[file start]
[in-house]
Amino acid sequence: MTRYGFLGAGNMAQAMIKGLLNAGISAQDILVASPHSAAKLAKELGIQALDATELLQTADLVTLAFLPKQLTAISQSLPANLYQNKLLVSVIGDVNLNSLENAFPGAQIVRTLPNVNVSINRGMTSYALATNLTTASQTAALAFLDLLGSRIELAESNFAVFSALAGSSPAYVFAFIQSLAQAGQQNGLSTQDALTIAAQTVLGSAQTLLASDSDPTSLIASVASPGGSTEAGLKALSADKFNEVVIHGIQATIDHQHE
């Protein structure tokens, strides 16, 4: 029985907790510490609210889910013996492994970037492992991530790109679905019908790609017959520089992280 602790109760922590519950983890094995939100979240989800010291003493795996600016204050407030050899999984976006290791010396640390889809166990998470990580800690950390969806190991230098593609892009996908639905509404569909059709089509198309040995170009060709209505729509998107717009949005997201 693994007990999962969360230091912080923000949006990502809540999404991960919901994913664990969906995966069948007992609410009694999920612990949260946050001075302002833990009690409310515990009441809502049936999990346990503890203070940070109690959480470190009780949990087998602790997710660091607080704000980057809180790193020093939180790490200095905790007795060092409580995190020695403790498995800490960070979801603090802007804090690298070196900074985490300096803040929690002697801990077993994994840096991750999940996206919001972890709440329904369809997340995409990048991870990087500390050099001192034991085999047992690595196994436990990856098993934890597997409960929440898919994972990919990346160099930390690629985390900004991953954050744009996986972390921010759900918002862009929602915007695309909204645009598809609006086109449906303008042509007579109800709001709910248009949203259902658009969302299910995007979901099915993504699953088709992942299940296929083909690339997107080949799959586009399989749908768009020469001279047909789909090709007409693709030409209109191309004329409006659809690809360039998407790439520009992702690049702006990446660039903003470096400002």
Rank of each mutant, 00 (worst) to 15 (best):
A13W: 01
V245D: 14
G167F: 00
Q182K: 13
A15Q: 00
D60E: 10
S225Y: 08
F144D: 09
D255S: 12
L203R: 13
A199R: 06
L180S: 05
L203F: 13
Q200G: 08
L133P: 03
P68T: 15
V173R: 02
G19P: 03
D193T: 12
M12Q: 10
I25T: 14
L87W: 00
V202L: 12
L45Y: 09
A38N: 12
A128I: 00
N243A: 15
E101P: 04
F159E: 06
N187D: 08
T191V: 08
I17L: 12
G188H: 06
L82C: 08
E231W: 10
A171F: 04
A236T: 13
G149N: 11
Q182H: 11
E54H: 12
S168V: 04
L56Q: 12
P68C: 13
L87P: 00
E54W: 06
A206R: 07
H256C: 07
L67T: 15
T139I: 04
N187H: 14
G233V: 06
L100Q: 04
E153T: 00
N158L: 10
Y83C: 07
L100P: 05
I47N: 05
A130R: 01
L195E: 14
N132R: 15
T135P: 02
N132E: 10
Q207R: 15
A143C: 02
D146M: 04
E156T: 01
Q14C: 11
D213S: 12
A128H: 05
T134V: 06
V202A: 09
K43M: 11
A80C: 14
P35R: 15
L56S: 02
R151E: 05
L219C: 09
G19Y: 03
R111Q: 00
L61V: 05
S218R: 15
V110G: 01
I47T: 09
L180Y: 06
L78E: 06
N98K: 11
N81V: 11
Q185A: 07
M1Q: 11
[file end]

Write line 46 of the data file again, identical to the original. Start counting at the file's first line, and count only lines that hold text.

L56Q: 12